This is a positive movement of the Government in accordance with its international commitments on market access and its plan on privatization of certain state-owned enterprises. The Government has taken a step closer to Vietnam Wholesale Electricity Market, which is aimed to be launched at the beginning of 2016. More players will participate in the power market. The consumers would have more choices from whom they will buy electricity. A competitive and fair power market will be gradually formed, resulting in greater attraction to investment.

2. How important is it to private investors, especially foreign ones?
Answer: With an open and competitive market, foreign investors will find it more attractive to invest in this sector. They are now no longer required to sell the electricity they generate to EVN but can sell it to other distribution companies or even transmit/ distribute through their own system.
Foreign investors will also no longer face obstacles in negotiating the power price with the EVN. According to a recent report by Ban Viet Securities Joint Stock Company, although power retail price in Vietnam has doubled during the past ten years, from VND 781/kWh (3.5 US cents/ kWh) in 2005 to VND1,622/ kWh (7.3 US cents/ kWh) in 2015, this is still low compared with other countries like Cambodia, Thailand, and Singapore in the APEC. This is among major reasons that discourage investors from pooling their capital into the sector. However, power price is planned to increase from 2016 according to power increase schedule, which aims to ensure capital recovery and reasonable profits for investors. Accordingly, power retail price may increase at 8-9 US cents/ kWh in 2020, equivalent to an increase by 18.4% within the next five years. Power price should also reflect the demand and supply in the market. Foreign investors then find more incentives when making their investment decision.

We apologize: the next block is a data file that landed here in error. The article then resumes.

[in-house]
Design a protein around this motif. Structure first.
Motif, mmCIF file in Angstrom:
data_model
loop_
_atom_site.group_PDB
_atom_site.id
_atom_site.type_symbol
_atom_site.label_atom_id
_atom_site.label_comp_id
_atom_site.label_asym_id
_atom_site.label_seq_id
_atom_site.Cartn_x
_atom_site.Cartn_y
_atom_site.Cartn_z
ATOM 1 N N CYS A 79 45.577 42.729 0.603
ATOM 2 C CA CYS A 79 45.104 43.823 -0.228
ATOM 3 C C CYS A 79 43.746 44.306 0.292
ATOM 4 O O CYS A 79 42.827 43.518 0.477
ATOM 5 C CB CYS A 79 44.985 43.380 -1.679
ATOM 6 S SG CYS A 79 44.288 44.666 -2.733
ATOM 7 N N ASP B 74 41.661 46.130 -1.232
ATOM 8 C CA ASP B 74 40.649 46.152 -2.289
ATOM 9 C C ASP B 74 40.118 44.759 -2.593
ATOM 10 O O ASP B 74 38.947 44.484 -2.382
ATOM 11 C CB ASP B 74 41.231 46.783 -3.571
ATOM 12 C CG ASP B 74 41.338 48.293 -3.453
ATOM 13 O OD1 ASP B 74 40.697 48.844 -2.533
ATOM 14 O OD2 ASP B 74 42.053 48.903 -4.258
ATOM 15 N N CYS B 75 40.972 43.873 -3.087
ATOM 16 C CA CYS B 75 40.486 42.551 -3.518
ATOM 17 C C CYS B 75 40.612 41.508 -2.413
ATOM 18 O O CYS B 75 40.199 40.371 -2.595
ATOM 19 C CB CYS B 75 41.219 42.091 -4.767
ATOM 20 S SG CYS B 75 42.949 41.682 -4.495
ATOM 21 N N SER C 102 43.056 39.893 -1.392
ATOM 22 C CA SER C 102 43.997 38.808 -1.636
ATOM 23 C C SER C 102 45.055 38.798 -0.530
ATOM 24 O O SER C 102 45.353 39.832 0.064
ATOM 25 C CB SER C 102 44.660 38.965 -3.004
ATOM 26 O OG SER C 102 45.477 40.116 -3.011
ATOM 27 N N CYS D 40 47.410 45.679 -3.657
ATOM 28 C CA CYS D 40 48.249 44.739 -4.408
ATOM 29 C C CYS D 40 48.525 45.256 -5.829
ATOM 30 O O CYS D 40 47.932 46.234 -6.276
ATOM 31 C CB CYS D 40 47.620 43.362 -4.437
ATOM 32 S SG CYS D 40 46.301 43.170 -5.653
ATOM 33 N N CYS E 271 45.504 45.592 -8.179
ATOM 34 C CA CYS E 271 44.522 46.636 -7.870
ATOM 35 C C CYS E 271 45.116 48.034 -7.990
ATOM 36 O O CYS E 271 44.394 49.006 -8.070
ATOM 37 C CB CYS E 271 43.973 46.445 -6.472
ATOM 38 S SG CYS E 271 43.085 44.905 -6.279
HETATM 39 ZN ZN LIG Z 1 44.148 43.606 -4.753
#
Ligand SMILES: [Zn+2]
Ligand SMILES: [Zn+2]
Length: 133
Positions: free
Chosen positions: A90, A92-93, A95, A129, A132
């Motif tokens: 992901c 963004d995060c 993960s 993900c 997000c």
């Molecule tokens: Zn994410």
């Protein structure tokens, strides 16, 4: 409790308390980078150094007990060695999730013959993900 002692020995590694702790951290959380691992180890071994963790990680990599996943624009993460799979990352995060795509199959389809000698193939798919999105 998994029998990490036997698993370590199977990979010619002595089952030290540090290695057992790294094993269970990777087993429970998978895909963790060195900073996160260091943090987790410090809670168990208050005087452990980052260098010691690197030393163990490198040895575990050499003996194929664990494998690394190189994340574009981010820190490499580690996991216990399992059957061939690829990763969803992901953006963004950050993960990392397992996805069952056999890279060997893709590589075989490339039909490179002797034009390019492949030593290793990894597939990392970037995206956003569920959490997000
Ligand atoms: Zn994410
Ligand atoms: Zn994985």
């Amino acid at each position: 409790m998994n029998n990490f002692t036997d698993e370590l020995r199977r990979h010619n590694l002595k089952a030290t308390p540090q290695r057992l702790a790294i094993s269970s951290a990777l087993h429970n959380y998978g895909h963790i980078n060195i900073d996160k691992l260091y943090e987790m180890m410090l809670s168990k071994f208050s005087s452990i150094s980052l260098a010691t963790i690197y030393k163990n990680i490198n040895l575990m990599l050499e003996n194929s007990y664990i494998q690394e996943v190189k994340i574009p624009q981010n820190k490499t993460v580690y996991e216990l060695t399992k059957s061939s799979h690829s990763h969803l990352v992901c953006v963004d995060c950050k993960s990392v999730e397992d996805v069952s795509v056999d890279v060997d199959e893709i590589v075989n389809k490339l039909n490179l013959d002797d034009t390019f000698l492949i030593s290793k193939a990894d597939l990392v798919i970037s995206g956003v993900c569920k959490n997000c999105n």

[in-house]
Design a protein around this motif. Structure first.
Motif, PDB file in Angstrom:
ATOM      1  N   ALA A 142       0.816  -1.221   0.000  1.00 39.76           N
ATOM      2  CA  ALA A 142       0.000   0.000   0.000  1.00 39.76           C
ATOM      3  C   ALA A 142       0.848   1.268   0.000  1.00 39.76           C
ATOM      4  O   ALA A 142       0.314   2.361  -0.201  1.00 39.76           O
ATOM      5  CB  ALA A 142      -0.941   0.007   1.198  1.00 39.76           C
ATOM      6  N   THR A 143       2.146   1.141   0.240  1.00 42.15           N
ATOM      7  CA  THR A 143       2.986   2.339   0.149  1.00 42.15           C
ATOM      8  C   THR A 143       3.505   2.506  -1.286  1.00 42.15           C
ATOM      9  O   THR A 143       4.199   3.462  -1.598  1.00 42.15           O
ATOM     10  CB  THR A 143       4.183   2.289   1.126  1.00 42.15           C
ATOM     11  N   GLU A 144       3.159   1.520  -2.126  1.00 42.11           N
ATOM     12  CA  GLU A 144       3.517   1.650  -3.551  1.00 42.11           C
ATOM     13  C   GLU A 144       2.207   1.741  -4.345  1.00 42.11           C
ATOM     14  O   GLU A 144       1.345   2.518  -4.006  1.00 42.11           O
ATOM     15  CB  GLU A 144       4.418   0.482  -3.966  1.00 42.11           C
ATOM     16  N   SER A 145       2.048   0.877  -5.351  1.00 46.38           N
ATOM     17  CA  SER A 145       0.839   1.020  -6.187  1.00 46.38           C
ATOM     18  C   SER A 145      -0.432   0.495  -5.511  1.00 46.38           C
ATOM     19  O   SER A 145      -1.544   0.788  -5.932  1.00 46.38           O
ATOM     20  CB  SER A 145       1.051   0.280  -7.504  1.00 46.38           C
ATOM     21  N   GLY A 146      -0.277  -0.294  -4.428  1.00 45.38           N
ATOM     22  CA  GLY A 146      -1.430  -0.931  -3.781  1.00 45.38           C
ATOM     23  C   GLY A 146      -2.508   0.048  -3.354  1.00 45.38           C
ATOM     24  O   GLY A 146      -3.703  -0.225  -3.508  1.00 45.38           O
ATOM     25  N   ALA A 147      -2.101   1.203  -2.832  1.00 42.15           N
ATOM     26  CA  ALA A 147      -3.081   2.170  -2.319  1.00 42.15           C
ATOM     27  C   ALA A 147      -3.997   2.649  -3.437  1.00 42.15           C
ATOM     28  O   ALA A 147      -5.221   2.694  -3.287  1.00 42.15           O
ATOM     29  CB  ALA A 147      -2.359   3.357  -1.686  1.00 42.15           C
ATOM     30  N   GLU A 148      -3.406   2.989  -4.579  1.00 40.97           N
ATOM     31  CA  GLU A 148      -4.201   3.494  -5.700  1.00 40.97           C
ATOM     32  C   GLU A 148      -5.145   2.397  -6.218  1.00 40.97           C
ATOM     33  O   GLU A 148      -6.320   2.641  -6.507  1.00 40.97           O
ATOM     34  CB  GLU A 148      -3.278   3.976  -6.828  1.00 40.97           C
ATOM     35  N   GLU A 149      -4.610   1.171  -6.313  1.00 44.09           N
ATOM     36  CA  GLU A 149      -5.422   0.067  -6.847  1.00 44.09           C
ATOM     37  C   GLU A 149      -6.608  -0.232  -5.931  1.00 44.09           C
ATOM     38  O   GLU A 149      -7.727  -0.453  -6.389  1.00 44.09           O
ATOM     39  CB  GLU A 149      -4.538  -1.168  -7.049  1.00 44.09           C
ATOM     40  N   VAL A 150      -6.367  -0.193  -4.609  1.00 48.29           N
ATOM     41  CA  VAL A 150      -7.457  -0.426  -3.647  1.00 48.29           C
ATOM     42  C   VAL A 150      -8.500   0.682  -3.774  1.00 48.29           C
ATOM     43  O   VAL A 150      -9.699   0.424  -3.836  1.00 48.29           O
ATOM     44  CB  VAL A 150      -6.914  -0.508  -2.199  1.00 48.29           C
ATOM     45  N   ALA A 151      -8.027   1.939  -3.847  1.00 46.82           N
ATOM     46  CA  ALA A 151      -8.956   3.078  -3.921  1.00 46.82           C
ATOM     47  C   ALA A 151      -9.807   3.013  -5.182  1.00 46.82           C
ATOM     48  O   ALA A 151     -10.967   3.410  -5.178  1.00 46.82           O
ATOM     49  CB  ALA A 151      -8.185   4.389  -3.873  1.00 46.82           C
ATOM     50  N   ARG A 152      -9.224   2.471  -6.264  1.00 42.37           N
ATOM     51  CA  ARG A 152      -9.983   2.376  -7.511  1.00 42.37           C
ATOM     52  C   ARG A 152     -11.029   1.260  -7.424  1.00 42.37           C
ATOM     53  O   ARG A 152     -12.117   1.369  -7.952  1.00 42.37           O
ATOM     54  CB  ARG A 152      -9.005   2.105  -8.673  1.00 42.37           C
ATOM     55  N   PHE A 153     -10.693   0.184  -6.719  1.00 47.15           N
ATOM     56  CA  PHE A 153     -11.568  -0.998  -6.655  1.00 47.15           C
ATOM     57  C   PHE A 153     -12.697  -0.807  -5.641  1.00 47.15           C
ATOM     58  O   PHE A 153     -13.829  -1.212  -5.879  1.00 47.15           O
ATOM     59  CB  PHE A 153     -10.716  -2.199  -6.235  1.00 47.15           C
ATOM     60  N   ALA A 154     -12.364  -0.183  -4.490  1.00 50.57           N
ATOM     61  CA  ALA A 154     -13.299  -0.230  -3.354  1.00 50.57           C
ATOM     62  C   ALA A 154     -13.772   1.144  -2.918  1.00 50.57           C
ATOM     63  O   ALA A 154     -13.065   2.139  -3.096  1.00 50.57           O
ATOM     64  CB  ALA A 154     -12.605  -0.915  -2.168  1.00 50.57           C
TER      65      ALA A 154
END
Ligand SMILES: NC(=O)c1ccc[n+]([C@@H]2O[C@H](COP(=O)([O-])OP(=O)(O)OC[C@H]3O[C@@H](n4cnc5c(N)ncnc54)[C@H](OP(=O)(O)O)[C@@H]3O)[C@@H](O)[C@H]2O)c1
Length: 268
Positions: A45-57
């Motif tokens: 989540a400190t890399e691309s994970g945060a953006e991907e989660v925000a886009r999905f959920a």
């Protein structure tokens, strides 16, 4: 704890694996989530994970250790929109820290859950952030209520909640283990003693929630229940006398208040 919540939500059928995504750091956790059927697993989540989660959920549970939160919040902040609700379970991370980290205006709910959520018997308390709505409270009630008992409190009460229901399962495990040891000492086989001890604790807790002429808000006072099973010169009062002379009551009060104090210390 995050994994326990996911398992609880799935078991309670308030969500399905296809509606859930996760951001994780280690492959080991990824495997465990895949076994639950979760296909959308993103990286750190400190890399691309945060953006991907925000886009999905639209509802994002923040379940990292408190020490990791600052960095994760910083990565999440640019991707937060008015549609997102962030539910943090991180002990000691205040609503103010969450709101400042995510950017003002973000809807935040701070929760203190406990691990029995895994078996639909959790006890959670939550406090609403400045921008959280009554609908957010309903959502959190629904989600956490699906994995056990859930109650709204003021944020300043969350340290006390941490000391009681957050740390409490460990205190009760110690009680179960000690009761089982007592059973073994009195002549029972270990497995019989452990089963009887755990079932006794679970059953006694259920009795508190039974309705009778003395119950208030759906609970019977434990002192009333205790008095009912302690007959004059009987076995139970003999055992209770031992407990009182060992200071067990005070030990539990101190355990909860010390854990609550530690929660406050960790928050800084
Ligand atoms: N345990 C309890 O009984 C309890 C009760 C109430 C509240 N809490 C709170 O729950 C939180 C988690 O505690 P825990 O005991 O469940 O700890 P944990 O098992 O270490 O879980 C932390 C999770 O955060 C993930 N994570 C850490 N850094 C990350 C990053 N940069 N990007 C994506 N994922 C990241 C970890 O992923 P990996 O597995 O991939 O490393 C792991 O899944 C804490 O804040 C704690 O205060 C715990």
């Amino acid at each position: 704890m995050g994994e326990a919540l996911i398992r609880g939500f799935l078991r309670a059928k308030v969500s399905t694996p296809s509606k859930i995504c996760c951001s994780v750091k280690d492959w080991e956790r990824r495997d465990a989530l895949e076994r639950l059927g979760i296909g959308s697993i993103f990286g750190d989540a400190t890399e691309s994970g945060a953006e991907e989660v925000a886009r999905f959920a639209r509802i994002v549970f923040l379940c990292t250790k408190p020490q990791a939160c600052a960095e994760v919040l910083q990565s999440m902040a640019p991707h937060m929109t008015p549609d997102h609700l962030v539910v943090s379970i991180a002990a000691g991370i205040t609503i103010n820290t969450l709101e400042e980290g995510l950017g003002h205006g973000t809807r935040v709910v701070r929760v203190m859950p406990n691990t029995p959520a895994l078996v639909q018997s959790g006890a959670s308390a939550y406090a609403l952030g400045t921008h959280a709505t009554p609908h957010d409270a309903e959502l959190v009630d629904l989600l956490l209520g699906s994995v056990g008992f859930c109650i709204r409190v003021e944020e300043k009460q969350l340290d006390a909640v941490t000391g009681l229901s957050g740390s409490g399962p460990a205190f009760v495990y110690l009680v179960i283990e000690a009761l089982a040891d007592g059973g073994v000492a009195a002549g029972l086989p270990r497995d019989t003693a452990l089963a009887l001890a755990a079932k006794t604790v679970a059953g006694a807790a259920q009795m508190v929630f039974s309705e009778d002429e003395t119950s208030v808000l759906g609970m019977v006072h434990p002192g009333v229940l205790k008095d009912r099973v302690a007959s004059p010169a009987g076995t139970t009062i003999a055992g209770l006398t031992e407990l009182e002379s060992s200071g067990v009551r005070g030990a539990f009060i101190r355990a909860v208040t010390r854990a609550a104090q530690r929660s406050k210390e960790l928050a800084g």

3. What is your recommendation for Vietnam’s government to reduce its monopoly over the economy?
Vietnam is on its way to obtain its market economy status. In order to realize this objective, the Government should limit its intervention in the market, create fair competition and allow the market to operate on its own. In many countries, fair competition is created by limiting the possibility of monopoly. If the Government only allows the price to fluctuate according to the market situation, there will still be monopolies dominating and influencing the market. Then, together with the price policies and reduction in its monopoly, the Government should expedite the privatization process, make it substantial in nature to effectively create a real competitive market for the players.
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Please do not hesitate to contact Mr. Oliver Massmann under omassmann@duanemorris.com if you have any questions on the above. Oliver Massmann is the General Director of Duane Morris Vietnam LLC.